North Carolina Communities Awarded $166 Million for Water and Sewer Improvements


Today Governor Cooper has announced that over $166 million has been awarded to communities across our state to help pay for 88 critical drinking water and wastewater projects. The projects are specifically directed at infrastructure resiliency and protection of drinking water and the environment.

“All families across our state deserve clean water,” said Governor Cooper. “Some water and sewer systems are over a hundred years old, and these funds will help communities meet their infrastructure challenges.”

Some of the most significant projects that have just been funded include:

  • More than $4.5 million in drinking water and wastewater funding for Bethel in Pitt County to prepare the small town’s failing systems to merge with the Greenville Utilities Commission.
  • Woodland in Northampton County will receive $983,500 from the Community Development Block Grant-Infrastructure program, helping the town become compliant and more efficient and environmentally protective.
  • Clayton will receive a $30 million loan from the Clean Water State Revolving Fund for their water reclamation facility.

A list of all projects funded statewide by town and/or county is available at:

The grants and loans are funded through the Drinking Water State Revolving Fund loan program, Clean Water State Revolving Fund loan program, the Wastewater State Reserve program, the Community Development Block Grant-Infrastructure program, the Asset Inventory and Assessment Grant program and the Merger/Regionalization Feasibility Grant program. The funds were officially approved Feb. 12 by the State Water Infrastructure Authority.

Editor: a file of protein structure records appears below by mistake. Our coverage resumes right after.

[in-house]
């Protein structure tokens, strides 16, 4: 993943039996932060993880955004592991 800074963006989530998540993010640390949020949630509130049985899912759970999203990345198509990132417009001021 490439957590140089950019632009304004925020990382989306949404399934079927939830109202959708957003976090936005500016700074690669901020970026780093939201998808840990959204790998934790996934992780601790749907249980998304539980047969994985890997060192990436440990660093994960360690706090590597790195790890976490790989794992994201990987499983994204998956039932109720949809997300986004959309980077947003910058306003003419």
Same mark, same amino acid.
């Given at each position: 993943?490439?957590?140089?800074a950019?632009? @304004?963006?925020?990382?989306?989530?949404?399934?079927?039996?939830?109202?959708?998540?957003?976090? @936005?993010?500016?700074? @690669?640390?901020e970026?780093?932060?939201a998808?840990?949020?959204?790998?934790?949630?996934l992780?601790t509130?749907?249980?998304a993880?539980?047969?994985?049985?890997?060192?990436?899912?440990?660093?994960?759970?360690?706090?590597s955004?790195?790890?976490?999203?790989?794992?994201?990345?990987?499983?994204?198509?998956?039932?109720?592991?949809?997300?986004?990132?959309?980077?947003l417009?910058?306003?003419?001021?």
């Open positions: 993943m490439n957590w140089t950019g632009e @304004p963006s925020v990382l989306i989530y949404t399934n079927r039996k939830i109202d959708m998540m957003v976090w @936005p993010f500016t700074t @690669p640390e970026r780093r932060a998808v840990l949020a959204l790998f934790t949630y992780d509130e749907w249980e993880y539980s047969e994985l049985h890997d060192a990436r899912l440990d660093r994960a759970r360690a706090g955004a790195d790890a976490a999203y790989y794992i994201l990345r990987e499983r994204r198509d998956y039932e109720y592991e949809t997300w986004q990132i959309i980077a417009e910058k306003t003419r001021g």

Recent studies show that our state still requires between $17 billion to $26 billion in upgrades to its water and sewer infrastructure statewide.

“Access to clean water and reliable water infrastructure is critical to the economic competitiveness and future resiliency of North Carolina’s communities. This funding is essential to help utilities across our state meet some of the challenges they currently face,” said Secretary Michael S. Regan of the North Carolina Department of Environmental Quality.

If your community needs improvements, you can still apply for water and wastewater infrastructure grants through April 30. The Division of Water Infrastructure will conduct statewide training sessions at six locations Feb. 19 through Feb. 28 for applicants interested in applying for the next round of funds.

You can view the full training schedule here: